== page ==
Oil marketers in Nigeria are ramping up the campaign for full liberalisation of the downstream segment of the oil and gas industry as Africa’s biggest oil producer’s expenditure on fuel subsidy over the past decade and a half came to around N10 trillion.
Major Oil Marketers Association of Nigeria (MOMAN), Petroleum Products Retail Outlets Owners Association of Nigeria, Depot and Petroleum Products Marketers Association of Nigeria and other stakeholders on Thursday reaffirmed the imperative of government actualising a policy shift that would empower private operators to oversee the key affairs of the sector themselves.
“It is an industry that requires significant investment to improve service delivery and to generate employment, to help expand and grow the economy, especially at this very trying time.
“We believe that full and total deregulation with appropriate standards and regulation in terms of consumer protection is the way to go. We believe that we need to work with the government to achieve this at the soonest possible time,” said Adetunji Oyebanji, MOMAN’s chairman at the Nigerian Petroleum Downstream Consultative Summit held online yesterday.
“Africa’s largest oil producer spends four times more money subsidizing fuel than building new schools, health centres and equipping new science labs,” Bloomberg had reported sometime in September.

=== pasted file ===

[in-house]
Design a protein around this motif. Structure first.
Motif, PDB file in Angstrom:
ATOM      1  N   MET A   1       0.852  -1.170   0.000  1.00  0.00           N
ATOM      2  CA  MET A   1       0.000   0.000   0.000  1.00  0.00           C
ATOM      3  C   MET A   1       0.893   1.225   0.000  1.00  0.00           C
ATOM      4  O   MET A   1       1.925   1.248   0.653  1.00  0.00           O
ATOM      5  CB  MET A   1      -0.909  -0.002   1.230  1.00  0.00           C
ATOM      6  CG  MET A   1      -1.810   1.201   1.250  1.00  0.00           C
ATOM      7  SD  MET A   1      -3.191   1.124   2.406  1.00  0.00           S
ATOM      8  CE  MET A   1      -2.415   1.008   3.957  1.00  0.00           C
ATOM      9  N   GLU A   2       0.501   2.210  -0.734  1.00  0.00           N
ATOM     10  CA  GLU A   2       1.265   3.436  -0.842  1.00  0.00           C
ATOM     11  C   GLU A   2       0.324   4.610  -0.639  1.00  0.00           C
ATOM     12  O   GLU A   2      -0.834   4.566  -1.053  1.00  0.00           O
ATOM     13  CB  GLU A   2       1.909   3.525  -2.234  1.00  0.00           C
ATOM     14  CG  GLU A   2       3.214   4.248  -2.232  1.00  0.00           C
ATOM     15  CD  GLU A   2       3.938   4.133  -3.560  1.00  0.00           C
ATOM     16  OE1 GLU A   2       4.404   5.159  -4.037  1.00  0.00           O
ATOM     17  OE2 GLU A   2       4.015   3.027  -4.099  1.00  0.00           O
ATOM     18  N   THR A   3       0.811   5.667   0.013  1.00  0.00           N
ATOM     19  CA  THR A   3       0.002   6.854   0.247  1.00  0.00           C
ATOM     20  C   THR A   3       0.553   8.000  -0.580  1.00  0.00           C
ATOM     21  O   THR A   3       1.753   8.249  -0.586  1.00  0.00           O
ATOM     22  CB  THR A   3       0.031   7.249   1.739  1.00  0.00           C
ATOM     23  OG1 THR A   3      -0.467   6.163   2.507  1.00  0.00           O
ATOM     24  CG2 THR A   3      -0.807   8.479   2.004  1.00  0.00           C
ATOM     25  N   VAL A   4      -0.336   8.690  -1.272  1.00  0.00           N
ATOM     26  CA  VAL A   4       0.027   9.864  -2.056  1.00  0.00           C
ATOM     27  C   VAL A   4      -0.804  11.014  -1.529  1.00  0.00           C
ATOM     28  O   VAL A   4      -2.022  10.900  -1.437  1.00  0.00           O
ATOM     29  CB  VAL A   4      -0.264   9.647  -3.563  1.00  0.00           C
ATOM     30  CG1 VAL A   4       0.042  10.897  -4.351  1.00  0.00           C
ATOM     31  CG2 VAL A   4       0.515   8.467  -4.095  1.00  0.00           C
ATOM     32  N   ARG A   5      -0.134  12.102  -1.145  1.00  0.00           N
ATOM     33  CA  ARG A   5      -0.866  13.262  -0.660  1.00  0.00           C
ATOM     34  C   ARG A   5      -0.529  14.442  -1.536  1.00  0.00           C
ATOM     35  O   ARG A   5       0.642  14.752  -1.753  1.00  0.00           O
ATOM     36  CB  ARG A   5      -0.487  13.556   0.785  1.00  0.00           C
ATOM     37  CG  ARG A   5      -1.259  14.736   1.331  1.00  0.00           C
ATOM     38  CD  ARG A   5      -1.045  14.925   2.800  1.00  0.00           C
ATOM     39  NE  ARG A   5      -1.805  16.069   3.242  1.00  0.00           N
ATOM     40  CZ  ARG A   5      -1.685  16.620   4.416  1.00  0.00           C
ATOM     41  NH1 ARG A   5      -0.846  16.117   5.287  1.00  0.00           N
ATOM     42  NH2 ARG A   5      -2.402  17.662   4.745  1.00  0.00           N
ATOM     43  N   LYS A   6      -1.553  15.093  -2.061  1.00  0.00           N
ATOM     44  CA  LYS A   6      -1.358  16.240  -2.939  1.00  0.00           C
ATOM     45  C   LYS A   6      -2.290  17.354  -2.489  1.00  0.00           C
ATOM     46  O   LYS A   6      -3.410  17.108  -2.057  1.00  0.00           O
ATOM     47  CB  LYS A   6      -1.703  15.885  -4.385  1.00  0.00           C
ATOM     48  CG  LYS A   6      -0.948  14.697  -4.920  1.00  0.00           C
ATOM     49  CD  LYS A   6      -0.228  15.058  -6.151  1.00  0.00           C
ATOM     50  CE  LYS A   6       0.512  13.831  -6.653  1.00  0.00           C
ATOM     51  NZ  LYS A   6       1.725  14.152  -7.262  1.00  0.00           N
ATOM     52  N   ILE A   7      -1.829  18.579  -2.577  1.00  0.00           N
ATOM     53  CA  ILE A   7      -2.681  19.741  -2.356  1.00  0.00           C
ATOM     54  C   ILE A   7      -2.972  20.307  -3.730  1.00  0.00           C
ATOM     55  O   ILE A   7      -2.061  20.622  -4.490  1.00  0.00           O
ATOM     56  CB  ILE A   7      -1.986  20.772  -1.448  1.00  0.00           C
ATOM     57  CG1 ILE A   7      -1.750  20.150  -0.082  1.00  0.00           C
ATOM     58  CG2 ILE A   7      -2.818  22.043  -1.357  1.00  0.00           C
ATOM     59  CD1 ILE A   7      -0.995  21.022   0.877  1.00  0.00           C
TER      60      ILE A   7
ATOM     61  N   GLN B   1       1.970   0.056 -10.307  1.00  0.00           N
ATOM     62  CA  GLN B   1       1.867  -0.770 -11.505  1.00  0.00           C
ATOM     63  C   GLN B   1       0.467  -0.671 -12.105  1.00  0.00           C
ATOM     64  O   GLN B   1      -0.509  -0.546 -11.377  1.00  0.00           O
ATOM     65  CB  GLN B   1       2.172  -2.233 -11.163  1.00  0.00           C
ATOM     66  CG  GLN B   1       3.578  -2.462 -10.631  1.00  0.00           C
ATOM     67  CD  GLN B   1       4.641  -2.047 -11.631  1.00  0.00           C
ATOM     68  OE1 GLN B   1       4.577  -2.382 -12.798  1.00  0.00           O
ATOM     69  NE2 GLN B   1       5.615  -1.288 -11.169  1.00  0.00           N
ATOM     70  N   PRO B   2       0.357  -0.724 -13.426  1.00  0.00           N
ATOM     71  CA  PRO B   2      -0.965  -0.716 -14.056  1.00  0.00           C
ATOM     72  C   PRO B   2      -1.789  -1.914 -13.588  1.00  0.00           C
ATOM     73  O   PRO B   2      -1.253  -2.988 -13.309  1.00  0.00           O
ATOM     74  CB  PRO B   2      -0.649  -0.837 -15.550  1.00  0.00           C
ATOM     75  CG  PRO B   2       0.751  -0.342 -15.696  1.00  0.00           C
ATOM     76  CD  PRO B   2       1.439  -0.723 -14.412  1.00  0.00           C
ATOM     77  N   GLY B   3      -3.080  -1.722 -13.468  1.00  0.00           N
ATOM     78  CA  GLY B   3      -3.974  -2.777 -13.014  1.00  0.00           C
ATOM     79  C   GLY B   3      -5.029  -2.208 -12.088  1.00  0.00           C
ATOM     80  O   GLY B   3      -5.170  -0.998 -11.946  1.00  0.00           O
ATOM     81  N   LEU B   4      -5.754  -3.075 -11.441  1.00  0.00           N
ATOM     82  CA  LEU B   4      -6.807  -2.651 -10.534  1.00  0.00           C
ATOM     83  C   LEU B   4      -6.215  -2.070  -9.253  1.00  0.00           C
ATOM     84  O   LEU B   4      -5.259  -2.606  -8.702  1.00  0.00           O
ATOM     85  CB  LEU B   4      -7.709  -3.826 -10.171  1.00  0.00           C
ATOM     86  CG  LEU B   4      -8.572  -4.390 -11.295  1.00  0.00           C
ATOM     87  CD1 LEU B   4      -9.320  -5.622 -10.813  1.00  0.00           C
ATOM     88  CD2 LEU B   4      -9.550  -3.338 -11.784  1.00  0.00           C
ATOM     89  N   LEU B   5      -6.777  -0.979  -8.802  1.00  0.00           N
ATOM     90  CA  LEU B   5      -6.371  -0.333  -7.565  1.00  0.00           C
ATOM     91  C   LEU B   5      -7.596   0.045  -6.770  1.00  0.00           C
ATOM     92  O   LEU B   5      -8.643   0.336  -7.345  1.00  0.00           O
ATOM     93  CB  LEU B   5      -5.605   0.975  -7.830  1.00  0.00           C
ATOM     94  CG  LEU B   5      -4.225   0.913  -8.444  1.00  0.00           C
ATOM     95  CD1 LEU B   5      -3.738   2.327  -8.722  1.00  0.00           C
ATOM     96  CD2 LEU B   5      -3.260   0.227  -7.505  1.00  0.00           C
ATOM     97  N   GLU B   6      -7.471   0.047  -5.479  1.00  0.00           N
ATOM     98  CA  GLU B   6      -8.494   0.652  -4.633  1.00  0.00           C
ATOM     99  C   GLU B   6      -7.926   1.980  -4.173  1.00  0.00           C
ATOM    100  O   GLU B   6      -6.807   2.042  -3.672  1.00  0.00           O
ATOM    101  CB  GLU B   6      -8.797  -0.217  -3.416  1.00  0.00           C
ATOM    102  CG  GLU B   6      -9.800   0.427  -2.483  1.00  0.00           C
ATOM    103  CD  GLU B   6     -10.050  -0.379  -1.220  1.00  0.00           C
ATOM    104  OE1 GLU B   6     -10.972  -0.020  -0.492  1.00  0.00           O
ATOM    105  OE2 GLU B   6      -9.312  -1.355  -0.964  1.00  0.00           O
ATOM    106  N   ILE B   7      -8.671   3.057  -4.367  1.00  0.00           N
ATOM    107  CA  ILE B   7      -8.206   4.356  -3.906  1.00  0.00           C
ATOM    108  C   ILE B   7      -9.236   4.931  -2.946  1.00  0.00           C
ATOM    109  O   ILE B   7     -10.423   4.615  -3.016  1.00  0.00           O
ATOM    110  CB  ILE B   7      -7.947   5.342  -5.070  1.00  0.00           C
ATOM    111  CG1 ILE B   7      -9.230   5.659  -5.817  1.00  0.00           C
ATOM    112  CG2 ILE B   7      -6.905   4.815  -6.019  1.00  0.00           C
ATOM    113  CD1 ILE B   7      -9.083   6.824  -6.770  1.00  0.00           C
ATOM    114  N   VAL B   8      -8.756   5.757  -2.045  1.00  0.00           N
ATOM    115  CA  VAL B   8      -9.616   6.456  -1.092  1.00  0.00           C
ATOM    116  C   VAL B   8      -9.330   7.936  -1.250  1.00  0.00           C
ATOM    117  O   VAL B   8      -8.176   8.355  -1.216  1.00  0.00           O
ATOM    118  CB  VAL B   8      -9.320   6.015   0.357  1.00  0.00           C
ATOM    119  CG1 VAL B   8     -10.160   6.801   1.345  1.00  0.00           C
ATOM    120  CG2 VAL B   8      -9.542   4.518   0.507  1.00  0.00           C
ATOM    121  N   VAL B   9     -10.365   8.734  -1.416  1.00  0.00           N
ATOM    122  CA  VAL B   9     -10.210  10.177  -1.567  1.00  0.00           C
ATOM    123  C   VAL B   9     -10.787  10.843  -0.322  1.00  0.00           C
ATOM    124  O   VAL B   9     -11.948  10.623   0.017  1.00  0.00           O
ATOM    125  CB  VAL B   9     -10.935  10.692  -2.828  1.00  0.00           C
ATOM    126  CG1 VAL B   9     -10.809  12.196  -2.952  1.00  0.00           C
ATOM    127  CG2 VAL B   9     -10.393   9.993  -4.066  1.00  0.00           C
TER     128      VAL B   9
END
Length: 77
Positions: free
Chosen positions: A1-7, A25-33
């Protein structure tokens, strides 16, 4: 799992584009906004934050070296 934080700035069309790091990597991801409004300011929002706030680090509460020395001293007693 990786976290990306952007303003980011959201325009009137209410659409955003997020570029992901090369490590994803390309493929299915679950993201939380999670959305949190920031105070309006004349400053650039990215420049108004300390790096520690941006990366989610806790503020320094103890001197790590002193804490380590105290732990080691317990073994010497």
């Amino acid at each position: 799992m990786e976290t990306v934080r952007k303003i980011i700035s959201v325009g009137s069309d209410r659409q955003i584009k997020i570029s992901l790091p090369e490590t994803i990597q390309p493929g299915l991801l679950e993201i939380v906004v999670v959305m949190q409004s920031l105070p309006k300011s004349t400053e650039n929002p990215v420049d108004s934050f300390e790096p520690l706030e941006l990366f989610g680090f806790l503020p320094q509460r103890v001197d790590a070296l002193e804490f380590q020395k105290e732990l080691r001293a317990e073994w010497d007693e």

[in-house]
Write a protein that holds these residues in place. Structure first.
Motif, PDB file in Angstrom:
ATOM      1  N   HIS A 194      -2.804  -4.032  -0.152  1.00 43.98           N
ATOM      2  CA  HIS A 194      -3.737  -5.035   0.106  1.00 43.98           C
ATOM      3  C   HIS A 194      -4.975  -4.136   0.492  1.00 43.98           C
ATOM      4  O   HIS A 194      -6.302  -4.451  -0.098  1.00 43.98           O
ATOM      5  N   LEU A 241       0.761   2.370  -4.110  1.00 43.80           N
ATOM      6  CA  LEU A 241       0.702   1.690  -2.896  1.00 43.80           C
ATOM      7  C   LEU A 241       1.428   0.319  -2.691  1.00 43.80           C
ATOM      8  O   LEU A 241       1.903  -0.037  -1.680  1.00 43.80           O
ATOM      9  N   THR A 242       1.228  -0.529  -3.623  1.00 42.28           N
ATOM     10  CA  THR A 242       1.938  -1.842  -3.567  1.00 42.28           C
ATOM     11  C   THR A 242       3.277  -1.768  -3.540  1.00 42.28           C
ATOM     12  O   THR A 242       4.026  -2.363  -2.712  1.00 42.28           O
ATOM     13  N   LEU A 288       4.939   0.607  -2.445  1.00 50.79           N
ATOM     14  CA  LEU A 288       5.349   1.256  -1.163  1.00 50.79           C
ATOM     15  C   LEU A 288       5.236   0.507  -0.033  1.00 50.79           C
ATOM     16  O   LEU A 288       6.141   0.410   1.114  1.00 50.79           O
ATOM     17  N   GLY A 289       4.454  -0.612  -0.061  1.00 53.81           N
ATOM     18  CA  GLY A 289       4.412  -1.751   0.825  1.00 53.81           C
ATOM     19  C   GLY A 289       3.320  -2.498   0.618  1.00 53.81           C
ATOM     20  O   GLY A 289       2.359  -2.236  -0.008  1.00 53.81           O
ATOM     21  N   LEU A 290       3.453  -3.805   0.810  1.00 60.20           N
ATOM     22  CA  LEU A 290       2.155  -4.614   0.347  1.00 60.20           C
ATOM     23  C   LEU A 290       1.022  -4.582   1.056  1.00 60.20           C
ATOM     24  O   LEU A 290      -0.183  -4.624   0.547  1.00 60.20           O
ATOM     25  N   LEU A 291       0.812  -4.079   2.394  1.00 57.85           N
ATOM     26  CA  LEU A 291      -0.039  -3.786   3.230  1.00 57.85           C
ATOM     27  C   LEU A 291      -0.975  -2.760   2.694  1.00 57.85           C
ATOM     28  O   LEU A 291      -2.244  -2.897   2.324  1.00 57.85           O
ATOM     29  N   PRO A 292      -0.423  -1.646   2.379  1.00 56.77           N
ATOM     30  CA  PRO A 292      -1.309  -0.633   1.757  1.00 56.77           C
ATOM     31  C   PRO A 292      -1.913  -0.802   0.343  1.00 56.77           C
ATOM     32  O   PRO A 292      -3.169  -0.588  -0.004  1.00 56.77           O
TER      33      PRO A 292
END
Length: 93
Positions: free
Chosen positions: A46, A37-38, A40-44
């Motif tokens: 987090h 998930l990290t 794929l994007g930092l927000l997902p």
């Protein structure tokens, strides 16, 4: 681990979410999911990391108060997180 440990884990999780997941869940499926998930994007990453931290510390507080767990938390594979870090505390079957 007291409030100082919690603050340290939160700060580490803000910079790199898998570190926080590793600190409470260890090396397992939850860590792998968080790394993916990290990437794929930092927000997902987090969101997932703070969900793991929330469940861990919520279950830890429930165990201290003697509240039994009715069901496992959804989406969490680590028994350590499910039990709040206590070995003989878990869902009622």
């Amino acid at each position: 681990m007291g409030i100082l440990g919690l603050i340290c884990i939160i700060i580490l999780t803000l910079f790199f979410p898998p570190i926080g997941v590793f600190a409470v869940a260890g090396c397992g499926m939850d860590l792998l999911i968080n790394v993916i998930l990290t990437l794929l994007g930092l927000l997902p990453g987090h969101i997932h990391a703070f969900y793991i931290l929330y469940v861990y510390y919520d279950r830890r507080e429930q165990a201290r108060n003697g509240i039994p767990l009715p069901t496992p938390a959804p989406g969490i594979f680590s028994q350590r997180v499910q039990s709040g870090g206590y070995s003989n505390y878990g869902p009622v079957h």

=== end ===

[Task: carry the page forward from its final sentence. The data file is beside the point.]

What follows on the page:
He suggested that strategies could be deployed to forestall the possibility of overcharging end-users when market dynamics are allowed to govern products’ prices.
“We are all interested in the future of the country as stakeholders. But we need to make the right policy decisions at the appropriate time. Nigeria cannot, as we know, continue to subsidise fuel.
“Over the last maybe 15 years, we have spent close to N10 trillion subsidising fuel. This is just unsustainable in this environment, and I think posterity will not judge us properly if we don’t take the right decisions; so we will continue to engage government.”
Timothy Okon, Managing Partner at Teno Energy Resources, believes however that government’s subsidy outlay should be spent on education and health.
“Between 2006 and 2018, Nigeria expended $63bn on subsidies. This is an enormous amount of resource for a country that needs to educate its young people, to build health centres, to create the basis for this economy and to create employment opportunities.
“The key thing really is to have the political will to ease out of this current situation, and the ideal time is now when clearly oil prices are low.
“Things like education and health are quite fundamental if you want to redirect subsidies; those are the areas in which you build a more egalitarian society in the future.”
He went further to say: “the energy footprint of wealthy people is far greater than the energy footprint of the poor. So, subsidy is disproportionately skewed towards the wealthy.”